As we move towards a more artificial era of child conception, its important to take a stance on whether genetic material is used against our will. Unless there is a contract in place, there should be contemporaneous mutual consent to the use of embryos.  Just think how Dunston would feel if Szafranski wanted to implant an embryo into his wife?  I have a feeling she’d be singing a different constitutional tune.



[1] http://www.state.il.us/court/Opinions/AppellateCourt/2013/1stDistrict/1122975.pdf

[2] http://anthropologyworks.com/index.php/2013/02/14/assisted-reproductive-technologies-reviewing-recent-perspectives-and-addressing-research-gaps-in-medical-anthropology/

Django Rechained

Rosie Wang, Resident Blogger (’14, Columbia Law School)

Going into the midnight premiere of Django Unchained, the only real context I had was that (1) It was a Quentin Tarantino movie and (2) in Spike Lee’s opinion, it was racist. Coming out of it, I thought, “Wow, that was breathtakingly racist.” And not because of the copious use of racial slurs (which is what Mr. Lee objected to).

There’s something much more subtle and insidious in it’s portrayal of slavery: It adopts wholesale and without irony some of the worst plantation tropes and erases and reinterprets the historical narrative of black women’s lack of reproductive autonomy.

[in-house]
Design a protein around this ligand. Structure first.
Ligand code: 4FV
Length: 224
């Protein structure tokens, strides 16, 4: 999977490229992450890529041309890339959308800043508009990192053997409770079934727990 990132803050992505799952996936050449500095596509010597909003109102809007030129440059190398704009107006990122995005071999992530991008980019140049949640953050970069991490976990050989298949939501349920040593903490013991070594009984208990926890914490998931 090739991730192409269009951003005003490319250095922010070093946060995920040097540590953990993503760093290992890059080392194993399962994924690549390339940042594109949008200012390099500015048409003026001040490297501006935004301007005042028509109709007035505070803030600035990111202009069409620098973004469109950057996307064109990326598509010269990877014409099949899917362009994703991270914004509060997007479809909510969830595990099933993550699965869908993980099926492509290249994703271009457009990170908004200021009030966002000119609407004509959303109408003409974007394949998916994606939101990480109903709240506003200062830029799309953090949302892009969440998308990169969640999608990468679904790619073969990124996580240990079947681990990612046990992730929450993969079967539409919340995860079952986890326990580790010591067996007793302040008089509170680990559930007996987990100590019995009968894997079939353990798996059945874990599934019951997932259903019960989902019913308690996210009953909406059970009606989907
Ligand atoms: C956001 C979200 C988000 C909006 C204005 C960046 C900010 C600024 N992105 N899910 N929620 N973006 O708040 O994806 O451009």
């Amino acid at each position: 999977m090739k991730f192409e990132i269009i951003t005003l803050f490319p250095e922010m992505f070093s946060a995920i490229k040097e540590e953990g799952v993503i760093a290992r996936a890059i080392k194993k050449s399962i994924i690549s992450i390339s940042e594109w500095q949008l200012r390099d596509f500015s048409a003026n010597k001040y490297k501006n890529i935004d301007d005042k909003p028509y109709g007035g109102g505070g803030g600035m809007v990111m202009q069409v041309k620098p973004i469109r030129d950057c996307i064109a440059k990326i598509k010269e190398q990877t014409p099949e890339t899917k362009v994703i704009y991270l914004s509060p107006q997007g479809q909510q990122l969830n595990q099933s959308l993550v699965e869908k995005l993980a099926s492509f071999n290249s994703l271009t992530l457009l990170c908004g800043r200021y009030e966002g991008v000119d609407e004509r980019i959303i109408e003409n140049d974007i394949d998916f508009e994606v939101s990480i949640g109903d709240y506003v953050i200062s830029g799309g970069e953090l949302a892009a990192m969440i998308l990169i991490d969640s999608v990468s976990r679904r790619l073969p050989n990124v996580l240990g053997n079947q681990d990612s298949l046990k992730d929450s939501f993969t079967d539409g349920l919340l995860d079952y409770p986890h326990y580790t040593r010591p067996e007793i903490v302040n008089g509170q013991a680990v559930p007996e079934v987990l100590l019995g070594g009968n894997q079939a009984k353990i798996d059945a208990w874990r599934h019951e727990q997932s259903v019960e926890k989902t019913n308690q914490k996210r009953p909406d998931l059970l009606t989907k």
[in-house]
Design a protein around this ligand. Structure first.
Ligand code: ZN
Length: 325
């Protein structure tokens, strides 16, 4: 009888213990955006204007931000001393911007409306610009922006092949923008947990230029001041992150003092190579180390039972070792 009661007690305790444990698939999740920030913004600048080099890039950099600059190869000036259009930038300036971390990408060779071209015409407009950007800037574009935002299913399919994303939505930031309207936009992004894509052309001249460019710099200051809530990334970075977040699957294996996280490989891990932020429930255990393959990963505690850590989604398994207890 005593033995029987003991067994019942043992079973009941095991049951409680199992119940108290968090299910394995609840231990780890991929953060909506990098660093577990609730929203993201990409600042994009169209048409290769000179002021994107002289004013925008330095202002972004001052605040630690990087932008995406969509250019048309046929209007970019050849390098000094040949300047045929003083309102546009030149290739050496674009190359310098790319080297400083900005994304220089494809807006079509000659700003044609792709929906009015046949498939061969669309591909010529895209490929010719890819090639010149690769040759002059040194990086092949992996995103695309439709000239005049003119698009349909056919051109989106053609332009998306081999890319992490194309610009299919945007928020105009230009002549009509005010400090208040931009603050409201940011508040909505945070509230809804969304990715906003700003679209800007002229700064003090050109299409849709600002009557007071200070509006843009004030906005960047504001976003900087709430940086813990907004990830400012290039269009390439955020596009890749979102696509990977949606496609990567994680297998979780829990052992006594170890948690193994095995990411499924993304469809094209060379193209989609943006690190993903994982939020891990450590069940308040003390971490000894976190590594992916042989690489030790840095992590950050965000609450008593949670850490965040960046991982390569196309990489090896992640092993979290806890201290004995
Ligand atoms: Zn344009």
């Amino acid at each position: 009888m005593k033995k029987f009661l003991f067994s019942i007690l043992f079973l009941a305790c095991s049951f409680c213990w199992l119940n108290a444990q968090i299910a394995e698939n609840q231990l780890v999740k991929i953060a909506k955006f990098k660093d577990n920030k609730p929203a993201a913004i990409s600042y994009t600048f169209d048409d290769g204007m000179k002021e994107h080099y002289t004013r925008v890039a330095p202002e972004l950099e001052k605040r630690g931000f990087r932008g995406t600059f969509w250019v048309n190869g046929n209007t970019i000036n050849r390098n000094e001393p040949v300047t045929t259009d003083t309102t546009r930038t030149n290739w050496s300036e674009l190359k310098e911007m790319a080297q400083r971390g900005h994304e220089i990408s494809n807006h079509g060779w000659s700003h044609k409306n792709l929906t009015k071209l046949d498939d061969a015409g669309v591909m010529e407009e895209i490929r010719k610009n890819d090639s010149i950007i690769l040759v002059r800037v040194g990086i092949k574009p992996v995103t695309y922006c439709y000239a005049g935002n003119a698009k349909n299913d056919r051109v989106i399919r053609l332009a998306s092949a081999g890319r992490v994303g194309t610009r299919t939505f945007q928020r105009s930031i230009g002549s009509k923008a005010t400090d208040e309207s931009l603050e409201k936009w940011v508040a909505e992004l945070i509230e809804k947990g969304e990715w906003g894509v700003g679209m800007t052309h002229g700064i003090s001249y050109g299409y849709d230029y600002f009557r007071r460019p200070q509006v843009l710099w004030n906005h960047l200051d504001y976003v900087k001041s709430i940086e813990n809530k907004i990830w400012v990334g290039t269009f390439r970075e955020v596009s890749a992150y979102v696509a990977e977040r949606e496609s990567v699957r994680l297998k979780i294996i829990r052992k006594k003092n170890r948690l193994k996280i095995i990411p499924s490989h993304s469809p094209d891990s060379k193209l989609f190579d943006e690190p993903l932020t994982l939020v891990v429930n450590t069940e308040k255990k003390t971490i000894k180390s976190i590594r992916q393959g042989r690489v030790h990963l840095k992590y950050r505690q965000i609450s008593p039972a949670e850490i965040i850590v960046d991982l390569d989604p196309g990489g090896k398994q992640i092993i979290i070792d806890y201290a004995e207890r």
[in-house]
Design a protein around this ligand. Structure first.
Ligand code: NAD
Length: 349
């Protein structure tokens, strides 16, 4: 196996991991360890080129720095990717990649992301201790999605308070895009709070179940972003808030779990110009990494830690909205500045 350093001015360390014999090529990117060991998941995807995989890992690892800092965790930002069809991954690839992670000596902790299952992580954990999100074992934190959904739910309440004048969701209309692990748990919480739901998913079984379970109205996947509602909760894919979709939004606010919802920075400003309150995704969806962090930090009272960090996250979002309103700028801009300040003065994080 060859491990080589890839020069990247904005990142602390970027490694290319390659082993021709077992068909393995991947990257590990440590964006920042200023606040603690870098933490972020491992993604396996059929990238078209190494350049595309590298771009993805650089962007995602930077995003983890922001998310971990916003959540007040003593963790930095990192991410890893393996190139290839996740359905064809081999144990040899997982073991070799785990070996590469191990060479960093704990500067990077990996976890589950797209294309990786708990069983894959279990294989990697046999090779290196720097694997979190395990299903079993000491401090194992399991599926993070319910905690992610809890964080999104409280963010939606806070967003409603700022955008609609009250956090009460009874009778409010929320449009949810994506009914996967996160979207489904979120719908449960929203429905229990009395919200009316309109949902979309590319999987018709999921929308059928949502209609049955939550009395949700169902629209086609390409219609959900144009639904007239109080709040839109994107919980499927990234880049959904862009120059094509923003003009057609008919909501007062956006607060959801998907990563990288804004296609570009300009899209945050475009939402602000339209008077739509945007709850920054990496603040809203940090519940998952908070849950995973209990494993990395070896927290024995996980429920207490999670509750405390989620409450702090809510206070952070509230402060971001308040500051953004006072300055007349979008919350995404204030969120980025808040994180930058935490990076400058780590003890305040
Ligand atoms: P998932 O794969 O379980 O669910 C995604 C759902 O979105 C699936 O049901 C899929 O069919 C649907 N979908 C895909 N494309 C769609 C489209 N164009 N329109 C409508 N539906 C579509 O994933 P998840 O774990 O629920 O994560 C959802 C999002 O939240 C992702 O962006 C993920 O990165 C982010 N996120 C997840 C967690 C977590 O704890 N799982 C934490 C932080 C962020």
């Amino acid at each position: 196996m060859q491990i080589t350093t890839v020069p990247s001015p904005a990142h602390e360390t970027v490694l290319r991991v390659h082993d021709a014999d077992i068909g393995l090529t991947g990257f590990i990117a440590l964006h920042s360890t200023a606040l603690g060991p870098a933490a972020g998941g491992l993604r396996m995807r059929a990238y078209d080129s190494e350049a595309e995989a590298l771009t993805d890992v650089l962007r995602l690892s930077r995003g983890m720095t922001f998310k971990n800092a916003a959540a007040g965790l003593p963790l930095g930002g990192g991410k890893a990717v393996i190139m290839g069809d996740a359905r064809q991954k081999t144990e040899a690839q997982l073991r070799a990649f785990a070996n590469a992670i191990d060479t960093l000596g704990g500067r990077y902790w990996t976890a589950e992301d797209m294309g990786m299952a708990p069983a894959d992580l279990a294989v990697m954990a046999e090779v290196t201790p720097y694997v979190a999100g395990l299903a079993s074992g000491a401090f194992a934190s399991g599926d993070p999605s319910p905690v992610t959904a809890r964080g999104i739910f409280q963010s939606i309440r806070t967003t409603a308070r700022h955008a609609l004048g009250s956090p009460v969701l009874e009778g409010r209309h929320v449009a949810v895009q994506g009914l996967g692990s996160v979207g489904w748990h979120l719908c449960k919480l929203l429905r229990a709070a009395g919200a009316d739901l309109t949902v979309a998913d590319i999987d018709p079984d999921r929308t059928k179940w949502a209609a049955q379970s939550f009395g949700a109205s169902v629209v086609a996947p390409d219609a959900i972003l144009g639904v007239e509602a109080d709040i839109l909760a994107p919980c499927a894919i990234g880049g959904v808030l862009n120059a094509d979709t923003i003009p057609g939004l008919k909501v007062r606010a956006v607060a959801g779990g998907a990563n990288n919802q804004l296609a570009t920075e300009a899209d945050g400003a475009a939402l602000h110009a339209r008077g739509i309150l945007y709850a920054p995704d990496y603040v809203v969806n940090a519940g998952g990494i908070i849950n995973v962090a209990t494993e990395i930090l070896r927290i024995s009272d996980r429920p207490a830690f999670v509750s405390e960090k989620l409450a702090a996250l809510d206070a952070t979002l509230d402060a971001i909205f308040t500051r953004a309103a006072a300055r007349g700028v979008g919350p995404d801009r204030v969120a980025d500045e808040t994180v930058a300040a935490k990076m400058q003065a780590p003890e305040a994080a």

In Django Unchained, a German bounty hunter frees a slave, Django and partners up with him in capturing criminals. Django is dedicated to finding and rescuing his wife Hildy, who now belongs to a plantation owner who has male slaves killing each other for sport. It’s supposed to be okay for Tarantino to write and tell this story because it is a revenge fantasy of slaves rising up against their masters and thus subversive and empowering. However, there is a lot that goes wrong in the execution of this idea.

The black body is on sensationalistic display in a way that no white body equivalently is. Hildy is put in the “hot box” for trying to run away, and has water splashed over her nude body when she is released. Django is suspended upside down, naked and about to be castrated after his true intentions to save his wife are revealed.  Nearly naked black men fighting to death appear on screen multiple times. These are fraught images because the institution of slavery viewed black women’s bodies as  open for sexual consumption and black men’s bodies as threatening and open for torture. The way Django Unchained offers images of naked black bodies for visual consumption is exploitative and revels in the morbidity of the scenes, rather than aiming for historical accuracy.